I was born in Puerto del Callao in Peru in 1970. At school, I excelled in drawing and painting, but chose to pursue the medical profession at San Martin de Porres University.}

However, my studies did not bring me joy, and so I enrolled in the drawing and painting workshops at the Lima Art Museum. That changed the course of my life. I decided to withdraw from university and continue my art studies at National Superior Autonomous School of Fine Arts. This decision disappointed my father, understandably; in Peru, the artistic career is a random one, a paved road with an uncertain destination. However, I was able to continue with my mother’s timid support. With practice and determination, I passed the Institution entrance exams in the first group of applicants and won back my father’s trust.

In the first few years of art school, the basic nature of the classes was valuable, but felt quite stifling to me. It was only the last years that we could express our own unique style more and that is when I really thrived. In my junior year at the school of Fine Arts, I was already working for the Praxis Gallery in Lima, one of the most prestigious in the city. That year, I also held my first individual exhibition, “Dreams of a Gray Dog”. The following year I graduated, and in 1999, I held my second exhibition, “What I saw on the way home” at Tamara Gallery in San Juan, Puerto Rico.

In 2000, I exhibited in San Juan and at the Museum of Modern Art in Santo Domingo. My signature style moved away from city vignettes and female nudes into more surreal subject matter.

My technique is to first draw the foundation of a piece with grease pencil, and then layer oil paints on top. Pencil drawing and oil painting perform different functions within the same composition, coexisting and complementing each other creating a visual discourse that is a distinctive characteristic of my work.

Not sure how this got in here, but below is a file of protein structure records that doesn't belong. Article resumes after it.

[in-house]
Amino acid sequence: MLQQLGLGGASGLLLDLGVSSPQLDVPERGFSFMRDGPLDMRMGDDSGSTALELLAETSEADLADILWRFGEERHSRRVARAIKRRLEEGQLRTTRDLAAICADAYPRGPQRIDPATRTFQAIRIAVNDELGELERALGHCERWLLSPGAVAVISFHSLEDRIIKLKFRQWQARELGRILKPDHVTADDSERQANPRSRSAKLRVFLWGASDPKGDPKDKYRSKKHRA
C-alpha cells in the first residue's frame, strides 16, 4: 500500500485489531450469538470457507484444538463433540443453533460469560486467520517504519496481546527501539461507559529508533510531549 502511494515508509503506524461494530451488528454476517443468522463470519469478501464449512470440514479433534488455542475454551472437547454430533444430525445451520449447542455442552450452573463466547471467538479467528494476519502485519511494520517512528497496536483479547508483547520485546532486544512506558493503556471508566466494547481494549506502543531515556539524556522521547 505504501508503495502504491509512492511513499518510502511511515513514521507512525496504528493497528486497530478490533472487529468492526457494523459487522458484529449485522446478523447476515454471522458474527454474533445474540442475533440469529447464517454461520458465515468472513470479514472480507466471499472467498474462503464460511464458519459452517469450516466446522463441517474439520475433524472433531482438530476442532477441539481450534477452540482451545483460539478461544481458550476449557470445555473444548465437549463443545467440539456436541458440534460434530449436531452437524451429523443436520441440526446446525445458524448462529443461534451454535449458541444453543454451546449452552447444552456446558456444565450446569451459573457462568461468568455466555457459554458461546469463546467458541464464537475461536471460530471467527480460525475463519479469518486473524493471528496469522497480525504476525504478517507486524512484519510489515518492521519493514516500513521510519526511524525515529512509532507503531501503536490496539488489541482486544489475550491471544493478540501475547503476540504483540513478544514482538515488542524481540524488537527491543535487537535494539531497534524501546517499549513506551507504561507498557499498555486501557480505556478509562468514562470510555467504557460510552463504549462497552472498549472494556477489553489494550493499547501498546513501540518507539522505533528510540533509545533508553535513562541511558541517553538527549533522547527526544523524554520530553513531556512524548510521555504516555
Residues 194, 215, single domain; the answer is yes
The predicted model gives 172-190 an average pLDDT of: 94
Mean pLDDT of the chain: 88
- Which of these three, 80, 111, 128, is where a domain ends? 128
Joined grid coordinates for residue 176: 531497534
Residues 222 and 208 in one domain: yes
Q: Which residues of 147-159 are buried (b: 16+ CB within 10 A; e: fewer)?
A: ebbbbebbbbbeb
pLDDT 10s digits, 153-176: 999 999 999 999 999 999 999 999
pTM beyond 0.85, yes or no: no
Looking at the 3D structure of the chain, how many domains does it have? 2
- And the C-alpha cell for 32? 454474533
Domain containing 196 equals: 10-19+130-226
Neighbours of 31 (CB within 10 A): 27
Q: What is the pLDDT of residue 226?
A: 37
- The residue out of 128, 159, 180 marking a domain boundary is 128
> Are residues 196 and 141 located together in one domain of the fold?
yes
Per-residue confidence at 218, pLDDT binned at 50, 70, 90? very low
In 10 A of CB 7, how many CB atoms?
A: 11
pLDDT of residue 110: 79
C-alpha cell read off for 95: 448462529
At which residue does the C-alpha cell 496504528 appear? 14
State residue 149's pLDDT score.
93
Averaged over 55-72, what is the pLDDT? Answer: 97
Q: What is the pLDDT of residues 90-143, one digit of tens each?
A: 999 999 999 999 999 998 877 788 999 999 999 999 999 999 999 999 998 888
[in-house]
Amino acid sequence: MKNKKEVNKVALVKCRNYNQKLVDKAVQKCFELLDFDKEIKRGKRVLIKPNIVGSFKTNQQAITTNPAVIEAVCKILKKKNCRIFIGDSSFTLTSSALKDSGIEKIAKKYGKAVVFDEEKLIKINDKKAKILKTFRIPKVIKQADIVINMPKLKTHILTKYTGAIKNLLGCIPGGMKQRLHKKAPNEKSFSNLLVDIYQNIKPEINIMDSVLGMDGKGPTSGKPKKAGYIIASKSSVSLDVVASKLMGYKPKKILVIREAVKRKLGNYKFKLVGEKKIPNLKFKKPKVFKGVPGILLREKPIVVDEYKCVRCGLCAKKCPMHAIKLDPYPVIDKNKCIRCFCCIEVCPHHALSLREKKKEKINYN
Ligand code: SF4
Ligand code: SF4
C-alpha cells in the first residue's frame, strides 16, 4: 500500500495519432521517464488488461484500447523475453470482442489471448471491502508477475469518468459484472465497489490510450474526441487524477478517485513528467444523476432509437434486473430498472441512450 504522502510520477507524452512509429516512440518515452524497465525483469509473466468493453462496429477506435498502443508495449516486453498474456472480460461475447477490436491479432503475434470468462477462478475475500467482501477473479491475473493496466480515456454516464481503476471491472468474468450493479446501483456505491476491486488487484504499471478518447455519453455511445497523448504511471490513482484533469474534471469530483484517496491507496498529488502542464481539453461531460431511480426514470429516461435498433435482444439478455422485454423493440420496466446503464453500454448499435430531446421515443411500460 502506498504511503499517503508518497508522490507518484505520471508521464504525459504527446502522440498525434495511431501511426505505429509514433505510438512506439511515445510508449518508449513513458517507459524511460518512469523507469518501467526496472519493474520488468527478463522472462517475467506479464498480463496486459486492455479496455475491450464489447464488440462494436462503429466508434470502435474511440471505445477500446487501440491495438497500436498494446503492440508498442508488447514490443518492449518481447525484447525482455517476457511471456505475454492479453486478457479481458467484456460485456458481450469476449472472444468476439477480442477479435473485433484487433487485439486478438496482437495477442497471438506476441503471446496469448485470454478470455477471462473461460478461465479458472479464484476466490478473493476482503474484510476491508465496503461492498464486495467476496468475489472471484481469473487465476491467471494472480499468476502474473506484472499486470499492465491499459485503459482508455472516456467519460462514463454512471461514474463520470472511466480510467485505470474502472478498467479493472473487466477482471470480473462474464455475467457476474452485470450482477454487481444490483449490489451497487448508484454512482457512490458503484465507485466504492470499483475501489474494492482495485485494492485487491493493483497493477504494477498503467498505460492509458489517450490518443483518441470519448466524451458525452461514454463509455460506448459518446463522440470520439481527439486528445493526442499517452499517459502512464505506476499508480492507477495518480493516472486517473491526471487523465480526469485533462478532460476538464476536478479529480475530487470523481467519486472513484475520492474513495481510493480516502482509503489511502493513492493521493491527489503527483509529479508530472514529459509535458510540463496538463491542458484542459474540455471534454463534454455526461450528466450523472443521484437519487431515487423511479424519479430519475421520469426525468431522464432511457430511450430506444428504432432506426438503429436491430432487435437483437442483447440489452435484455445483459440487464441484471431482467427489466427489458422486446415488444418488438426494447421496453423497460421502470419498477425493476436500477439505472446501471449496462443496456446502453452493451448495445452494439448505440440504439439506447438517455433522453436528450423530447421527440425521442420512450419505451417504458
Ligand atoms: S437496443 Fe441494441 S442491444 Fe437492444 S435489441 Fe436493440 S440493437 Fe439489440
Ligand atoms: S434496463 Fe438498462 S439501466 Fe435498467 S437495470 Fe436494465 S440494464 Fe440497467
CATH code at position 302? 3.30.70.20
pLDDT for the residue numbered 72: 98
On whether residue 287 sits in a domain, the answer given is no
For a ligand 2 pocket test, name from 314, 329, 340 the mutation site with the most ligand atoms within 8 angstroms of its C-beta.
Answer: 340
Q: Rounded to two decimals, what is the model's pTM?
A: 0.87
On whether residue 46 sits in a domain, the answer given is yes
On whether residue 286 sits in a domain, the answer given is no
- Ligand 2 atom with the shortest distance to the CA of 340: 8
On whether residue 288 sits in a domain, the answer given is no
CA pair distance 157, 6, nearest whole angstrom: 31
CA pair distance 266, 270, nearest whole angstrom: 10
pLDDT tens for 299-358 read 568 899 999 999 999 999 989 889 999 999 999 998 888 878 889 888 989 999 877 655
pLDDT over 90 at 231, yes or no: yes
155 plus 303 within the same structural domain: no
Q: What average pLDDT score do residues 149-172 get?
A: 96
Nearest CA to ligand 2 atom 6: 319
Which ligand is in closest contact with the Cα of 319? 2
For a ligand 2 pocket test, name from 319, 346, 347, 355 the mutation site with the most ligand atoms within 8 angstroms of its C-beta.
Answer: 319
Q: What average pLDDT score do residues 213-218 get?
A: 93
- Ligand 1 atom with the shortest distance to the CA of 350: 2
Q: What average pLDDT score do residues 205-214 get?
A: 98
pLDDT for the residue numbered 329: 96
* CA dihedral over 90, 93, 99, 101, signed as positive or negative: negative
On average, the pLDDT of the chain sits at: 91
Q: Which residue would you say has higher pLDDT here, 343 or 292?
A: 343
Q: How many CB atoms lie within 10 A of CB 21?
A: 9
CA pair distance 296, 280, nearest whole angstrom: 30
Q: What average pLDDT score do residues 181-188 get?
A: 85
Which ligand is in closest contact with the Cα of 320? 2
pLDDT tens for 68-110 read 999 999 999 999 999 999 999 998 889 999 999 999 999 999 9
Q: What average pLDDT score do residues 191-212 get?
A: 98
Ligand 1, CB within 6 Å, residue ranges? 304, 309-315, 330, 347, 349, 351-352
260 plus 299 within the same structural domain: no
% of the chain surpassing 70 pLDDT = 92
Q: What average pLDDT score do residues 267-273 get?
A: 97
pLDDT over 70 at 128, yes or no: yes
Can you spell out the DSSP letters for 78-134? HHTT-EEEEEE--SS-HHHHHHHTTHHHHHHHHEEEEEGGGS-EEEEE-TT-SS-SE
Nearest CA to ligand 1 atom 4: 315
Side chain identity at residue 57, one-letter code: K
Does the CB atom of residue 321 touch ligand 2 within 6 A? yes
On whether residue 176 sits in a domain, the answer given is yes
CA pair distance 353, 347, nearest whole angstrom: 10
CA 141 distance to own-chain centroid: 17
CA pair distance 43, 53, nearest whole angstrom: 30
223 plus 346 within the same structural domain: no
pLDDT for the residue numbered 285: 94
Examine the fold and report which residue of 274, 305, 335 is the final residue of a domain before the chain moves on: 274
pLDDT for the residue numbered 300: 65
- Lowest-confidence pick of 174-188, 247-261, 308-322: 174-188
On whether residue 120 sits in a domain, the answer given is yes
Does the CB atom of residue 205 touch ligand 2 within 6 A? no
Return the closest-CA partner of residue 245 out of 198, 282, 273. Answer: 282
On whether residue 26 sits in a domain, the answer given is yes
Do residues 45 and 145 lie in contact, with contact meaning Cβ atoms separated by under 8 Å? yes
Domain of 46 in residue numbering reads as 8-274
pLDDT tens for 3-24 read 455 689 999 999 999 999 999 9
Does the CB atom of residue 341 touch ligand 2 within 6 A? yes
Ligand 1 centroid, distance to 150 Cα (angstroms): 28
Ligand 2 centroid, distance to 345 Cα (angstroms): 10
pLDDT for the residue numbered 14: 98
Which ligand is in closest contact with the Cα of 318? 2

Between 2001 and 2006, I held several exhibitions, “the innocent dog” (2001), “Voluntary Nude … Involuntary Nude” (2002), “Luminous Shadows” (2003), “Not neat pages” (2004) in San Juan.”

Because frequently I visited Puerto Rico and the art community there, I decided to move there in 2008. The island culture inspired me to paint in more intense colors, and to incorporate more natural life into my paintings. It was then that I made my exhibition “Crowns of Fallen Leaves”, which presented the female figure as an emblem of the cycle of life in nature.

In 2012, I moved back to Lima in part to care for my aging mother. At the end of 2014, I married my fellow artist Brenda Kuong and in 2015, my first son was born. Three years later, my second daughter was born. I have sold to various collectors in Peru and abroad, and have been occasionally commissioned for personal and governmental portraits.